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Vonlaufen A, Phillips PA, Yang L, Xu Z, Fiala-Beer E, Zhang X, et al. Isolation of quiescent human pancreatic stellate cells: A promisingin vitro tool for studies of human pancreatic stellate cell biology. Pancreatology 2010;10:434-43.  Back to cited text no. 10
    
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Jesnowski R, Fürst D, Ringel J, Chen Y, Schrödel A, Kleeff J, et al. Immortalization of pancreatic stellate cells as anin vitro model of pancreatic fibrosis: Deactivation is induced by matrigel and N-acetylcysteine. Lab Invest 2005;85:1276-91.  Back to cited text no. 12
    
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Rosendahl AH, Gundewar C, Said Hilmersson K, Ni L, Saleem MA, Andersson R. Conditionally immortalized human pancreatic stellate cell lines demonstrate enhanced proliferation and migration in response to IGF-I. Exp Cell Res 2015;330:300-10.  Back to cited text no. 13
    
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Apte MV, Haber PS, Applegate TL, Norton ID, McCaughan GW, Korsten MA, et al. Periacinar stellate shaped cells in rat pancreas: Identification, isolation, and culture. Gut 1998;43:128-33.  Back to cited text no. 14
    
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Zhao L, Cai B, Lu Z, Tian L, Guo S, Wu P, et al. Modified methods for isolation of pancreatic stellate cells from human and rodent pancreas. J Biomed Res 2016;30:510-6.  Back to cited text no. 15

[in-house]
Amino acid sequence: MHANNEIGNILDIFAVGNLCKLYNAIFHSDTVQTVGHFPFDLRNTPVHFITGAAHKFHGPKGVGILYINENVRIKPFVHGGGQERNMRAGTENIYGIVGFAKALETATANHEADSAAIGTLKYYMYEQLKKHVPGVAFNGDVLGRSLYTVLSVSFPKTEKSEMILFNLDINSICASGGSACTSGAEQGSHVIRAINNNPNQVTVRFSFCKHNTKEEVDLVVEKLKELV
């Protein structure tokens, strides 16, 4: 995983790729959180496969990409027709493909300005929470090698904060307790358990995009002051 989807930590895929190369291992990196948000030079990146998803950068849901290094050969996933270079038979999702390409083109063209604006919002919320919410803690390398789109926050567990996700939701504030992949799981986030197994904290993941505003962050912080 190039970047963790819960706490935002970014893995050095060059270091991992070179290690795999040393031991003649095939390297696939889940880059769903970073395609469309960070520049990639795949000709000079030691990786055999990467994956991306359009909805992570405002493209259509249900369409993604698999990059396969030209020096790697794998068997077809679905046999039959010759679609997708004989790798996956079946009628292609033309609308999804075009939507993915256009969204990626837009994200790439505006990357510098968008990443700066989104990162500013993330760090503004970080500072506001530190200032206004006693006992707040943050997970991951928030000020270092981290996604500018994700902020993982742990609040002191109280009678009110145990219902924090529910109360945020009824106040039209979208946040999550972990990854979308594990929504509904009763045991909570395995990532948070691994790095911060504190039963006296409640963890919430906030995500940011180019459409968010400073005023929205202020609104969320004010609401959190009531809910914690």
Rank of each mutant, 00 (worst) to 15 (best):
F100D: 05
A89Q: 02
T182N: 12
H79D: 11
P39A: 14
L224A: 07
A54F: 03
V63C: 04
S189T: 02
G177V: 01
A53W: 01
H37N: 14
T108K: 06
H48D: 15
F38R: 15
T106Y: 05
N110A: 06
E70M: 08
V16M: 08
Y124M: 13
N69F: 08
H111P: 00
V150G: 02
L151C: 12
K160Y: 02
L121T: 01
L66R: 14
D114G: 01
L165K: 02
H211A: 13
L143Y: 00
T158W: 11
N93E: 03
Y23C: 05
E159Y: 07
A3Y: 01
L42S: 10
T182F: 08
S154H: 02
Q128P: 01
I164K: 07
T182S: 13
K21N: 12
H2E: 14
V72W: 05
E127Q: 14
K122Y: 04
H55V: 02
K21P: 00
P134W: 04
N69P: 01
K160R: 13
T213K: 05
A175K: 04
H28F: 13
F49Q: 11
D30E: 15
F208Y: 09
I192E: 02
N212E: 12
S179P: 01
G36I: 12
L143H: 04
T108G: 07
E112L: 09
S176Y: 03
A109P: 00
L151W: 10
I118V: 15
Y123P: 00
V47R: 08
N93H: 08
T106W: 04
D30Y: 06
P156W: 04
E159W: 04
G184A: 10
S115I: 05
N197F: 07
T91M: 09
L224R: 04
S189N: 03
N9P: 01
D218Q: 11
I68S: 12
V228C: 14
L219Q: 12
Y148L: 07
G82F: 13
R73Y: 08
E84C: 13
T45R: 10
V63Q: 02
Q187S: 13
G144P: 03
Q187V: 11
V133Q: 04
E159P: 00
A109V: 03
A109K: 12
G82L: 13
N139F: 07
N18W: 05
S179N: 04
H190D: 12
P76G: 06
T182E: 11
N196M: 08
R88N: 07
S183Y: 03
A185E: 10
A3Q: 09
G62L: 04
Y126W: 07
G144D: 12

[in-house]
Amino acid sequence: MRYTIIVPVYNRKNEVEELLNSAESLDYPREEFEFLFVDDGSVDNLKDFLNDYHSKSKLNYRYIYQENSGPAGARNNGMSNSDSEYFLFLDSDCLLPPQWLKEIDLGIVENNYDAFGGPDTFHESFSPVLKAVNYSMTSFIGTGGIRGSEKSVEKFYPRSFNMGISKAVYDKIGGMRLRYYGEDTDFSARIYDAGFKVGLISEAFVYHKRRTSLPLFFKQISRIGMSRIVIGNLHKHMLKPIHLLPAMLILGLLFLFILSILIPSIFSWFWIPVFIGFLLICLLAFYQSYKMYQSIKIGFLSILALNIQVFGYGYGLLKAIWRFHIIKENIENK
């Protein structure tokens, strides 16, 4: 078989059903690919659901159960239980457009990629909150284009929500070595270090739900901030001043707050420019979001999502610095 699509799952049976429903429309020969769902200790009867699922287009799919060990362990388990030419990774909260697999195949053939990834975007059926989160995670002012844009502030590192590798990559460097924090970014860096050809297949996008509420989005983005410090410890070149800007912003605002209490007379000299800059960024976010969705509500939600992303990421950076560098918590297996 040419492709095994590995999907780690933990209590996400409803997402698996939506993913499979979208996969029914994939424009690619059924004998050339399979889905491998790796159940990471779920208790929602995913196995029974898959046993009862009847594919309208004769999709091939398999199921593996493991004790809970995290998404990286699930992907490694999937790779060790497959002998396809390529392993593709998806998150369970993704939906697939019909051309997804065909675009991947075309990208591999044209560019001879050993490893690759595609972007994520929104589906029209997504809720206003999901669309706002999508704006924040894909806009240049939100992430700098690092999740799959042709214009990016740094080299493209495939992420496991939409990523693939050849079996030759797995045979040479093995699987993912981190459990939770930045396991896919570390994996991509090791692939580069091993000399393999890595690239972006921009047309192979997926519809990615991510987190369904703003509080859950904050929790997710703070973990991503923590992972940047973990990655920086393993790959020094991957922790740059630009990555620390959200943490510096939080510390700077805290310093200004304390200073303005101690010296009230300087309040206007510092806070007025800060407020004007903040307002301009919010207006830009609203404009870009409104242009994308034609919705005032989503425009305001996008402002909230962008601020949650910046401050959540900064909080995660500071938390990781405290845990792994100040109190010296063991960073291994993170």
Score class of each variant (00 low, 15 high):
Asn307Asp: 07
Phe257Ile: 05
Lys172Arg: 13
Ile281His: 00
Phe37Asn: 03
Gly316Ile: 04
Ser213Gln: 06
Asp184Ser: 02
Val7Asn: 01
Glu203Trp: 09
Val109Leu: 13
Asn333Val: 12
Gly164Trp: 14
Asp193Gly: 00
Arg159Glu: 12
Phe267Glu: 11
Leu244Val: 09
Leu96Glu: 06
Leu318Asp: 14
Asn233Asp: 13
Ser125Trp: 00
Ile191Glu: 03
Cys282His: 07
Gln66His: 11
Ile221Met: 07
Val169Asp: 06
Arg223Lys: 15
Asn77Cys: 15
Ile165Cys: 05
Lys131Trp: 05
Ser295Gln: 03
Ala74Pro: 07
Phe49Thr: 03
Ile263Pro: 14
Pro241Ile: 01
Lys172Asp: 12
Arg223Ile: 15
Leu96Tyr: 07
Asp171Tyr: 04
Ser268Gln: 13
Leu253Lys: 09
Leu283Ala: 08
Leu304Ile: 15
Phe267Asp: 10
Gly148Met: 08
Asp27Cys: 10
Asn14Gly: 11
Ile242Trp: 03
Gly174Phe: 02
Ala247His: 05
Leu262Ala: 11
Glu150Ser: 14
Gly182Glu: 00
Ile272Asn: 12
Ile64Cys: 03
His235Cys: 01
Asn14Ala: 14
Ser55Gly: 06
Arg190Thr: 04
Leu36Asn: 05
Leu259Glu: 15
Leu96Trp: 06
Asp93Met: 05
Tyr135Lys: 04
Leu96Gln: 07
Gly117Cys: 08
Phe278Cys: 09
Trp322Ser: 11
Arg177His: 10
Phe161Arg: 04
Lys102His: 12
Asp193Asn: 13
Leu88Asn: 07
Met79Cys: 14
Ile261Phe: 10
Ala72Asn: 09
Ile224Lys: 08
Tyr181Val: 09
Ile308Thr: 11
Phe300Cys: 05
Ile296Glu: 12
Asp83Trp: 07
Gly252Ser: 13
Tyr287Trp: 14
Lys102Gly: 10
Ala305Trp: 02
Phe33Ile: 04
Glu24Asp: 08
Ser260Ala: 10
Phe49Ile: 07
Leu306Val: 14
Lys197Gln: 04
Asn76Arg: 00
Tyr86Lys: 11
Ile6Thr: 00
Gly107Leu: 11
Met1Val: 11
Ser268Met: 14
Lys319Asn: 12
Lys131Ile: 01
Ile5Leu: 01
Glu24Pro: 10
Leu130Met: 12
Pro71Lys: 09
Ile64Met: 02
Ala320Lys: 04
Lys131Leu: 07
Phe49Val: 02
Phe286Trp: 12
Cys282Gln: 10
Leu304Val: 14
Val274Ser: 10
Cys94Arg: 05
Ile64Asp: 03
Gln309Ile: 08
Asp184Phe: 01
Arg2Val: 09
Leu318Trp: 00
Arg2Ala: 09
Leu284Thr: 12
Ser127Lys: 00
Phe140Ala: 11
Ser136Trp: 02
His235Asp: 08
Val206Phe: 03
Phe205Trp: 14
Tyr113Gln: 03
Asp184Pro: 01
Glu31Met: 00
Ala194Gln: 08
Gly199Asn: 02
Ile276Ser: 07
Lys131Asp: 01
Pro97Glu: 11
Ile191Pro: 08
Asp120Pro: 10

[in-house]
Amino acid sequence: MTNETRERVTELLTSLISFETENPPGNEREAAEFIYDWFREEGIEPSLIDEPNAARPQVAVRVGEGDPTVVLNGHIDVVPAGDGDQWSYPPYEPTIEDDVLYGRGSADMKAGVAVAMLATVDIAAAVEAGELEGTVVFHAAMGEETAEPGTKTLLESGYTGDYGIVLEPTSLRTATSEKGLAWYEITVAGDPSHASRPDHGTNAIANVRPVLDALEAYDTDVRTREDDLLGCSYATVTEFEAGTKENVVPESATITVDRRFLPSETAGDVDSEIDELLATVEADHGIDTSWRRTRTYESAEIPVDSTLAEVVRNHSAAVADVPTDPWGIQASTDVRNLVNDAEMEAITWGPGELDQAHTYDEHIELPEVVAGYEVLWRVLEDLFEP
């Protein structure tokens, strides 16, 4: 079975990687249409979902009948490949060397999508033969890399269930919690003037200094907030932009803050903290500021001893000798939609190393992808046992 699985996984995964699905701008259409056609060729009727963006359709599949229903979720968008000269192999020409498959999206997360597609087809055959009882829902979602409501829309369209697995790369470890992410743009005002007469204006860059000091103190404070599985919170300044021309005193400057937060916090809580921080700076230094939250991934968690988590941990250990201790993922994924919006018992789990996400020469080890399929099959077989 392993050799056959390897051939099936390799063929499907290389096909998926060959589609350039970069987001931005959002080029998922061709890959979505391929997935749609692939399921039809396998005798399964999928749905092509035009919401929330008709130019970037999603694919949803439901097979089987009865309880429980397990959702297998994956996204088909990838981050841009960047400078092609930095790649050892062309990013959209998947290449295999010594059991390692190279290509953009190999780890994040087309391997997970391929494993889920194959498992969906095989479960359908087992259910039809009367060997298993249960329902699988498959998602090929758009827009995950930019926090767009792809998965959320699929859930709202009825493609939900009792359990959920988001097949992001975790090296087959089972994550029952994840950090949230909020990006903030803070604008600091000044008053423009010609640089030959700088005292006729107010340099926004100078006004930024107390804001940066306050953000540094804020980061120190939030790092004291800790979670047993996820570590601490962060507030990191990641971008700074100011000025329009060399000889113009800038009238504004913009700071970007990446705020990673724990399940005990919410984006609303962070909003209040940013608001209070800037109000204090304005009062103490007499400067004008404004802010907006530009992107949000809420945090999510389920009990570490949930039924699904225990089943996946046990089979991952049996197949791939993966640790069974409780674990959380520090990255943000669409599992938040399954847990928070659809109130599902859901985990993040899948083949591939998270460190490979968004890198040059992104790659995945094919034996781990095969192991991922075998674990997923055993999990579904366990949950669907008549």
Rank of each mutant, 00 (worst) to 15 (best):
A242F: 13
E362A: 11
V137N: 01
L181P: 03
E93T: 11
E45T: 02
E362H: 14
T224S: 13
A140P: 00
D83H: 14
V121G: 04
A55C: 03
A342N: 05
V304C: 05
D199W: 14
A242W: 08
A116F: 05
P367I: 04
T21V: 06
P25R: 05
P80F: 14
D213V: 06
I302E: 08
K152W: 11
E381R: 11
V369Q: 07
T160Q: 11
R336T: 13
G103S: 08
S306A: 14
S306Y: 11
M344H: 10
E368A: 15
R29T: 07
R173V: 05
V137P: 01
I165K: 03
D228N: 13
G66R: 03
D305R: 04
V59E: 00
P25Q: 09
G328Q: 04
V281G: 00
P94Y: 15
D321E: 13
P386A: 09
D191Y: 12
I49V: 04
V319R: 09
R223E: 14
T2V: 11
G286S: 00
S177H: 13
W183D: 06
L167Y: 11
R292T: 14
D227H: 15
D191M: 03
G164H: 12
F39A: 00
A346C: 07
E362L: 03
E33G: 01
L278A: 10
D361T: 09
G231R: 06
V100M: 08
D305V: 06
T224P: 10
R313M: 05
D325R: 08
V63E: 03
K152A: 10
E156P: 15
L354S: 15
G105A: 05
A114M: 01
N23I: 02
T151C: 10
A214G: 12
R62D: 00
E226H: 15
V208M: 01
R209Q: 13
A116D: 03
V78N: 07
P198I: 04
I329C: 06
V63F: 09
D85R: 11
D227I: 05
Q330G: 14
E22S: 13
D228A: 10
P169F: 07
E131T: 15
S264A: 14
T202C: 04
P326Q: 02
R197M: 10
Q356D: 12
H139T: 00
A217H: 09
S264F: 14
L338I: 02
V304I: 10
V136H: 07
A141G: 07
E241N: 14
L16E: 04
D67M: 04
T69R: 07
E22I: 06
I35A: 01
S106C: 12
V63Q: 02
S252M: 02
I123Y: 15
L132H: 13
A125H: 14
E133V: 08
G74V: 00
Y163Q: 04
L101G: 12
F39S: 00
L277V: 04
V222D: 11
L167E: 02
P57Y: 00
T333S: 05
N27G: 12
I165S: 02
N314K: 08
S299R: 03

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Kruse ML, Hildebrand PB, Timke C, Fölsch UR, Schäfer H, Schmidt WE. Isolation, long-term culture, and characterization of rat pancreatic fibroblastoid/stellate cells. Pancreas 2001;23:49-54.  Back to cited text no. 16
    
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Del Peso G, Jimenez-Heffernan JA, Bajo MA, Hevia C, Aguilera A, Castro MJ, et al. Myofibroblastic differentiation in simple peritoneal sclerosis. Int J Artif Organs 2005;28:135-40.  Back to cited text no. 18
    
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Jiménez-Heffernan JA, Aguilera A, Aroeira LS, Lara-Pezzi E, Bajo MA, del Peso G, et al. Immunohistochemical characterization of fibroblast subpopulations in normal peritoneal tissue and in peritoneal dialysis-induced fibrosis. Virchows Arch 2004;444:247-56.  Back to cited text no. 19
    
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Bongiovanni M, Viberti L, Pecchioni C, Papotti M, Thonhofer R, Hans Popper H, et al. Steroid hormone receptor in pleural solitary fibrous tumours and CD34+progenitor stromal cells. J Pathol 2002;198:252-7.  Back to cited text no. 20
    
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    Figures

  [Figure 1], [Figure 2], [Figure 3], [Figure 4], [Figure 5], [Figure 6], [Figure 7]